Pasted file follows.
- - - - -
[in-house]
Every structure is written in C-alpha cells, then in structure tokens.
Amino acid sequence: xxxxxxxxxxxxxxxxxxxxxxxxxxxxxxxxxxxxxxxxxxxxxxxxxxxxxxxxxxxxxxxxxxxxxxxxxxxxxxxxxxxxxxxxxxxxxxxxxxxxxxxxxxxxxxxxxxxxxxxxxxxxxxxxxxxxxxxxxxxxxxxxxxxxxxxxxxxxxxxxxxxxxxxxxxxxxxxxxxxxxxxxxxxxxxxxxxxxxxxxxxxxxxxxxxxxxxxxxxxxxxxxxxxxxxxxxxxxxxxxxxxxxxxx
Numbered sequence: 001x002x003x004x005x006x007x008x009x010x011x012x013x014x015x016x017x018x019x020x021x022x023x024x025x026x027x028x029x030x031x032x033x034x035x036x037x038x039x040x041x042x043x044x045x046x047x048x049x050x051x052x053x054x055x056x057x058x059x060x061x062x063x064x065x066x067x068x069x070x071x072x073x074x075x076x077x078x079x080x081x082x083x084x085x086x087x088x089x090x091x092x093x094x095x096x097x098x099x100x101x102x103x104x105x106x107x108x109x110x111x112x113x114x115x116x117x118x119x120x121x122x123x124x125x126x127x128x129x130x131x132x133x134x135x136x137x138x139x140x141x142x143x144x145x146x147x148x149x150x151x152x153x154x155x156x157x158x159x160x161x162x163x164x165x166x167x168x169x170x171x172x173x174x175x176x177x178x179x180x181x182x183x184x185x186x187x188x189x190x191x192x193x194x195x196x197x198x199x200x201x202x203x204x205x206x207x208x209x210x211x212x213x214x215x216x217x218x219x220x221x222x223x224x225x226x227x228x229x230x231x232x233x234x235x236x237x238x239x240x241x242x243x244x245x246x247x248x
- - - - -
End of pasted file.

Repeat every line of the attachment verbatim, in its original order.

[in-house]
Every structure is written in C-alpha cells, then in structure tokens.
Amino acid sequence: xxxxxxxxxxxxxxxxxxxxxxxxxxxxxxxxxxxxxxxxxxxxxxxxxxxxxxxxxxxxxxxxxxxxxxxxxxxxxxxxxxxxxxxxxxxxxxxxxxxxxxxxxxxxxxxxxxxxxxxxxxxxxxxxxxxxxxxxxxxxxxxxxxxxxxxxxxxxxxxxxxxxxxxxxxxxxxxxxxxxxxxxxxxxxxxxxxxxxxxxxxxxxxxxxxxxxxxxxxxxxxxxxxxxxxxxxxxxxxxxxxxxxxxx
Numbered sequence: 001x002x003x004x005x006x007x008x009x010x011x012x013x014x015x016x017x018x019x020x021x022x023x024x025x026x027x028x029x030x031x032x033x034x035x036x037x038x039x040x041x042x043x044x045x046x047x048x049x050x051x052x053x054x055x056x057x058x059x060x061x062x063x064x065x066x067x068x069x070x071x072x073x074x075x076x077x078x079x080x081x082x083x084x085x086x087x088x089x090x091x092x093x094x095x096x097x098x099x100x101x102x103x104x105x106x107x108x109x110x111x112x113x114x115x116x117x118x119x120x121x122x123x124x125x126x127x128x129x130x131x132x133x134x135x136x137x138x139x140x141x142x143x144x145x146x147x148x149x150x151x152x153x154x155x156x157x158x159x160x161x162x163x164x165x166x167x168x169x170x171x172x173x174x175x176x177x178x179x180x181x182x183x184x185x186x187x188x189x190x191x192x193x194x195x196x197x198x199x200x201x202x203x204x205x206x207x208x209x210x211x212x213x214x215x216x217x218x219x220x221x222x223x224x225x226x227x228x229x230x231x232x233x234x235x236x237x238x239x240x241x242x243x244x245x246x247x248x